“Marc Petitjean grew up in a house where Frida Kahlo’s painting, The Heart, also named Memory, hung on one of the walls. Uncovering the story of how the painting was given by Frida to his father, Michel Petitjean, he unfurls not only a passionate love affair between them in pre-Second-World-War Paris, but also a back story about Frida’s paintings around the time and the intersections between France’s surrealist circles and contemporary politics.”
Listening on Scribd
and reading on Kindle.
So many people! I’ll bring them in and their art as I did with another book Optic Nerve (blog post)
I’ll start with Frida and then Diego Rivera
See this blog post:
Inside Frida Kahlo and Diego Rivera’s Life in San Francisco From KQED. (a podcast!!)
- “An artist is above all a human being, profoundly human to the core. If the artist can’t feel everything that humanity feels, if the artist isn’t capable of loving until he forgets himself and sacrifices himself if necessary, if he won’t put down his magic brush and head the fight against the oppressor, then he isn’t a great artist.””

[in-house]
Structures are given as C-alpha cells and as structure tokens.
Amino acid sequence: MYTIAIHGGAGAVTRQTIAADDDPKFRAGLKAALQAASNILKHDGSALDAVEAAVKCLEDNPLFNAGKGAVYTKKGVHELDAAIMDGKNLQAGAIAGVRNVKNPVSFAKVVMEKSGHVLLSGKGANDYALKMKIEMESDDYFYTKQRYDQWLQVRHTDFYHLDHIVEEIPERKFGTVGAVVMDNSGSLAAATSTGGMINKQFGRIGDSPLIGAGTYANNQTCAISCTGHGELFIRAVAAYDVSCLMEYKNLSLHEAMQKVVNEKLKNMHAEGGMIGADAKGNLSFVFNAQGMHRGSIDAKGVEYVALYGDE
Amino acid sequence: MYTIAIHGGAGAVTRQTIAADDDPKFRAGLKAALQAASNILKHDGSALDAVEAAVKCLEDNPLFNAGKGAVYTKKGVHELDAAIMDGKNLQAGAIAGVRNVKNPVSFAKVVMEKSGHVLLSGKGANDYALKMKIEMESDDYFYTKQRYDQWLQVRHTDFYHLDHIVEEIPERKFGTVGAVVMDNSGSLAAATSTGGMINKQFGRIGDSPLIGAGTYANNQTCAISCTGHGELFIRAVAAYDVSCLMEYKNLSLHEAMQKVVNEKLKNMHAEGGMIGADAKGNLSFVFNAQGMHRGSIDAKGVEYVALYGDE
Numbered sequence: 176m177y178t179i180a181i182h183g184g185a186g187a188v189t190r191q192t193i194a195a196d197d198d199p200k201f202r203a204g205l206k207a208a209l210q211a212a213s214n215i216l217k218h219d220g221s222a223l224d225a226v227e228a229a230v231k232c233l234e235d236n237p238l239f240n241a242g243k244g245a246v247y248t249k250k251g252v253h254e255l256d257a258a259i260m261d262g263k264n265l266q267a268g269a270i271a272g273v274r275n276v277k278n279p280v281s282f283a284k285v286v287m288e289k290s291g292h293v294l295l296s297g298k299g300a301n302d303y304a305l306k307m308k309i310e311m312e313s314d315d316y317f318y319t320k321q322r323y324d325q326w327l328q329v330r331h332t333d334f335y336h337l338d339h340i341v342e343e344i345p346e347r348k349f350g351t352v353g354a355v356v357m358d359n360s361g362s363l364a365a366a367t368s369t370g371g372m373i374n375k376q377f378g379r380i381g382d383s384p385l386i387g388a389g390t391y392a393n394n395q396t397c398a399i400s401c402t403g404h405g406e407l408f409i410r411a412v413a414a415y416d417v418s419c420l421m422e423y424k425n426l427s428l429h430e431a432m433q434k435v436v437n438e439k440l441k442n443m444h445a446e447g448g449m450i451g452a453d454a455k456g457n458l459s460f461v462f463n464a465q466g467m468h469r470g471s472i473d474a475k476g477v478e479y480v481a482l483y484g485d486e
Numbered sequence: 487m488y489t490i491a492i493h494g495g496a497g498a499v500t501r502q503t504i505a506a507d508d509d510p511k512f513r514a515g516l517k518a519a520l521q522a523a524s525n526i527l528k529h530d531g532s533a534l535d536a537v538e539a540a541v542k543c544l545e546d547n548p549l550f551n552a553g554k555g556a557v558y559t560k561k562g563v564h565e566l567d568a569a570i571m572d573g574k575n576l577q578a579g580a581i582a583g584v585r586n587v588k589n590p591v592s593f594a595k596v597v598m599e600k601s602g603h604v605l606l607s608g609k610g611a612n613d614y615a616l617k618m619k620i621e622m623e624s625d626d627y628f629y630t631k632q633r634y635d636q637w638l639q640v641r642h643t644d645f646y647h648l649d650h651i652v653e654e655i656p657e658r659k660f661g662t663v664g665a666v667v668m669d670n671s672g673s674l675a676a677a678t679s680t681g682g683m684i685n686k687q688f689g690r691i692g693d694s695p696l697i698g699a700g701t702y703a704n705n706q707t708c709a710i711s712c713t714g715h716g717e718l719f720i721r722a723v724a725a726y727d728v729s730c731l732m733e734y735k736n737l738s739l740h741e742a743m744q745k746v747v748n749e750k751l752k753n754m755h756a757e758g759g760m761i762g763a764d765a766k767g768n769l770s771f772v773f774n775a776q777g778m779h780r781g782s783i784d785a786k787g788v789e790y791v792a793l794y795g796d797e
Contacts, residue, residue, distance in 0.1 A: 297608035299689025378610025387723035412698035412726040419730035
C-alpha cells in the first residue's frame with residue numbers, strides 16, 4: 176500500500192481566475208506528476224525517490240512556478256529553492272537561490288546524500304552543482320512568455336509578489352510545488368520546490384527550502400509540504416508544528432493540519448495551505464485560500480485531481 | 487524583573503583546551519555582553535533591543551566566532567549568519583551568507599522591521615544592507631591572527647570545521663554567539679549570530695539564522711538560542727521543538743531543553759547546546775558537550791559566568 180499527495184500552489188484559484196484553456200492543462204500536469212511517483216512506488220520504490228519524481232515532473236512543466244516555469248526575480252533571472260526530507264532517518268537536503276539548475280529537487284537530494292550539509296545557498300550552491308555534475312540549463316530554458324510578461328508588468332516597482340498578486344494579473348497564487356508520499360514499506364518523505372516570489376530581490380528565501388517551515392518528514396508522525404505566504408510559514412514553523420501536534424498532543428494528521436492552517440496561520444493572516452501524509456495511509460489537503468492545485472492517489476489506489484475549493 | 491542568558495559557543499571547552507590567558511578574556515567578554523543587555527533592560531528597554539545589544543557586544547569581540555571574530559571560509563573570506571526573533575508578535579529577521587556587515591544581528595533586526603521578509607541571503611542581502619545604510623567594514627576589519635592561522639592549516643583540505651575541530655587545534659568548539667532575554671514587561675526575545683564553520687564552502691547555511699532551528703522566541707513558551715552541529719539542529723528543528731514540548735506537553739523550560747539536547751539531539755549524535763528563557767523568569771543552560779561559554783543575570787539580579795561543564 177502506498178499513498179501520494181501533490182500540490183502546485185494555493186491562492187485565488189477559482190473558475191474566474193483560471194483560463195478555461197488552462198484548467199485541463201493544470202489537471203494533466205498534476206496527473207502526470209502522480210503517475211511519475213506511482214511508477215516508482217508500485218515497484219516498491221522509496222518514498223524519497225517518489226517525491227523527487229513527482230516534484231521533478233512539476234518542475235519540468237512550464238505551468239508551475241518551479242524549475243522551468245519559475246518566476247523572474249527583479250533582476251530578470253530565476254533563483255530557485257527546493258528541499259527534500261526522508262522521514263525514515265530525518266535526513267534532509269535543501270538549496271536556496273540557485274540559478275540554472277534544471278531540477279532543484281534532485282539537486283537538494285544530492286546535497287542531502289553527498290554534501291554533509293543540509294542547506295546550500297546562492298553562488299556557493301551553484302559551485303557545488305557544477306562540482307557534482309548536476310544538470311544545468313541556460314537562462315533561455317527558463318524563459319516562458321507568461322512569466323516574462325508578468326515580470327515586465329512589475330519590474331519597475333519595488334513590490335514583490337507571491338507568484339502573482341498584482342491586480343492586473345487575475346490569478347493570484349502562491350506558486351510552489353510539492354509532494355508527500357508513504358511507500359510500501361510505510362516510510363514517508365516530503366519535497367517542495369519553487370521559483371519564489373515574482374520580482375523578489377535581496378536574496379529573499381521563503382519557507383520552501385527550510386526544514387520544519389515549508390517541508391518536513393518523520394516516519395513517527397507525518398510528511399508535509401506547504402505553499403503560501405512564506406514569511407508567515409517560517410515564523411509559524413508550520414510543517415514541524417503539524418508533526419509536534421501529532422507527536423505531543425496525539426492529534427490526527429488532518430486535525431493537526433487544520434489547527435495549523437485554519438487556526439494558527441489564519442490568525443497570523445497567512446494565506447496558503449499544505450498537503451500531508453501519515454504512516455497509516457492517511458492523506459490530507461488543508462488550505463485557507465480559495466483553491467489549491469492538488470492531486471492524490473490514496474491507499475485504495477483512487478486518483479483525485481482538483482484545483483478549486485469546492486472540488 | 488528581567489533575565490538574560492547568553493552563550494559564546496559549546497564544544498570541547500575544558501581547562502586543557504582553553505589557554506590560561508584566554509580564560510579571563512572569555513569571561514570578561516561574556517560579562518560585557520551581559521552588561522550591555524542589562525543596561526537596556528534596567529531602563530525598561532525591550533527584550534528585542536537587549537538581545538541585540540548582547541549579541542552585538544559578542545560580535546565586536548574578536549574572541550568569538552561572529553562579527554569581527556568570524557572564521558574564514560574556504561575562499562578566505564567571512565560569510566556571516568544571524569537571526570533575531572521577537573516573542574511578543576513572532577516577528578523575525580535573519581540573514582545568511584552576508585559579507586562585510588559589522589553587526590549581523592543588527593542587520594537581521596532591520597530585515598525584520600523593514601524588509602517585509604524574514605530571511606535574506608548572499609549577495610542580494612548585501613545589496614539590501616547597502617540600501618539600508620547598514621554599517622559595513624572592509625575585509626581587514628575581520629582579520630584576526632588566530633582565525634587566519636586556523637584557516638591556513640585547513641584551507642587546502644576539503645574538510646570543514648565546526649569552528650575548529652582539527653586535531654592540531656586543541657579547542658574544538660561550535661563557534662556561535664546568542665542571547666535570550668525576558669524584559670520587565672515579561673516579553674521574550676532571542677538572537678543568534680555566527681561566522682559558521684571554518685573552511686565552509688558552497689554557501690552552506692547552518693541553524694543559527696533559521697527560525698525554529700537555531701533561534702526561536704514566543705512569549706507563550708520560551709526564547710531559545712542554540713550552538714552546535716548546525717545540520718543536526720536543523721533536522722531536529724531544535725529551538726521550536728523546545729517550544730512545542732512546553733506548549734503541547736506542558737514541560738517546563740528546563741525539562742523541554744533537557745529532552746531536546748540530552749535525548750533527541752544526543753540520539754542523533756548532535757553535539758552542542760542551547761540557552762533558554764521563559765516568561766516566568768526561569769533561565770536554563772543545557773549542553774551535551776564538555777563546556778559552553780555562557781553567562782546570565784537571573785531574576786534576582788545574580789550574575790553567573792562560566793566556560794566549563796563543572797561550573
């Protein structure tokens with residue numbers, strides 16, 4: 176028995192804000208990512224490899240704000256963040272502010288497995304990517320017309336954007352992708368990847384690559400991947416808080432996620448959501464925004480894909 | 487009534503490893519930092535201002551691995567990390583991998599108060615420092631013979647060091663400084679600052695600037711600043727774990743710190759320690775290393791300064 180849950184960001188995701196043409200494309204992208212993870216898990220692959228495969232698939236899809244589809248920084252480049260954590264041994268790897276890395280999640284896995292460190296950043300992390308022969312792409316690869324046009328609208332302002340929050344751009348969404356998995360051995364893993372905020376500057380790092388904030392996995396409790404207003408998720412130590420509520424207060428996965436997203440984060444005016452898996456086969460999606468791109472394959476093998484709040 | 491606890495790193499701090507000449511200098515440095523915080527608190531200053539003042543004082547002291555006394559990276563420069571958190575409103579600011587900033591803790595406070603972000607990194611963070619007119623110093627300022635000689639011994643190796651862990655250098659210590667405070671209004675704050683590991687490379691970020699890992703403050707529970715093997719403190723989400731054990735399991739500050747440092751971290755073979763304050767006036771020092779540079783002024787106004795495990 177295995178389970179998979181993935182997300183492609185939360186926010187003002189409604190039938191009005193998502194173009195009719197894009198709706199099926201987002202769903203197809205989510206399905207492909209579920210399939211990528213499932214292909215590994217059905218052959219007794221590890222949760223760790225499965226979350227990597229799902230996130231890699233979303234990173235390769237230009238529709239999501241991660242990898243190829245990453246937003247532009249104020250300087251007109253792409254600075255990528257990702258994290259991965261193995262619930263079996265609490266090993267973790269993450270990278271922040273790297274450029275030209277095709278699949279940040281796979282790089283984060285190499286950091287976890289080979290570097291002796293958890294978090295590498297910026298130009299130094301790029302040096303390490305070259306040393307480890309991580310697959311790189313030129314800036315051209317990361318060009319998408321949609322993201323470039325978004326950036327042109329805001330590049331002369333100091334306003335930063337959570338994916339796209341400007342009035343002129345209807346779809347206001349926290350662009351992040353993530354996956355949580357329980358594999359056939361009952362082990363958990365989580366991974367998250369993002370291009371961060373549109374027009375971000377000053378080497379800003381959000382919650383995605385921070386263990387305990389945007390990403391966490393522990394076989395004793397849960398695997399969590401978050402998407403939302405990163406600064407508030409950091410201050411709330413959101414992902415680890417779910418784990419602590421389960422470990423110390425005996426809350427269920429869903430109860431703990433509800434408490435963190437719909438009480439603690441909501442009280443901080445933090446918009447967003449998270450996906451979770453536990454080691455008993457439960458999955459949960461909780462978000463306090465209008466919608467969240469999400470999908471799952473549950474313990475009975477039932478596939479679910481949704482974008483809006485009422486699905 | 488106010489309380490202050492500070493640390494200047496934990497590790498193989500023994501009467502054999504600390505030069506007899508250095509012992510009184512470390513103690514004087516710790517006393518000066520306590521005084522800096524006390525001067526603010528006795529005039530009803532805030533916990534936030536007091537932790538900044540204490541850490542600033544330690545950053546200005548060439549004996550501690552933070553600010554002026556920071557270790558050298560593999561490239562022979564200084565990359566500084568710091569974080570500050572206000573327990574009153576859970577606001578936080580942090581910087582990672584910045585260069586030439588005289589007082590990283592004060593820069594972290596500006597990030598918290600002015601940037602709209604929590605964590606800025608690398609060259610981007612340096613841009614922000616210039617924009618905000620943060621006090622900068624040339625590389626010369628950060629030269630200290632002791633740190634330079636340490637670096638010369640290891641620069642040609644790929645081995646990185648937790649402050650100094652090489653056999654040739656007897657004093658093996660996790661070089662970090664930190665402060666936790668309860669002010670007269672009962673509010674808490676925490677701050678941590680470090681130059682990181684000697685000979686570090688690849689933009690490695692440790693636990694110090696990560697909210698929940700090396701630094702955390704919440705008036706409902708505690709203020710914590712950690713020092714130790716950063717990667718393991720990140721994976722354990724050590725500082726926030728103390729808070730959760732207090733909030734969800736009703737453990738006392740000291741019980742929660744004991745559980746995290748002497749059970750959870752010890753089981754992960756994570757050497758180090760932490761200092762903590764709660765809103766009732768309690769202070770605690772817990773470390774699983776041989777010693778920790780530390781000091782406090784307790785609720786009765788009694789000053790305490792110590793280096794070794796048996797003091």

“The first poems by Desnos to appear in print were published in 1917 in La Tribune des Jeunes (Platform for Youth) and in 1919 in the avant-garde review Le Trait d’union (Hyphen), and also the same year in the Dadaist magazine Littérature. In 1922 he published his first book, a collection of surrealistic aphorisms, with the title Rrose Sélavy (based upon the name (pseudonym) of the popular French artist Marcel Duchamp).
In 1919 he met the poet Benjamin Péret, who introduced him to the Paris Dada group and André Breton, with whom he soon became friends. While working as a literary columnist for Paris-Soir, Desnos was an active member of the Surrealist group and developed a particular talent for automatic writing. He, together with writers such as Louis Aragon and Paul Éluard, would form the literary vanguard of surrealism. André Breton included two photographs of Desnos sleeping in his surrealist novel Nadja. Although he was praised by Breton in his 1924 Manifeste du Surréalisme for being the movement’s “prophet”, Desnos disagreed with Surrealism’s involvement in communist politics, which caused a rift between him and Breton. Desnos continued work as a columnist.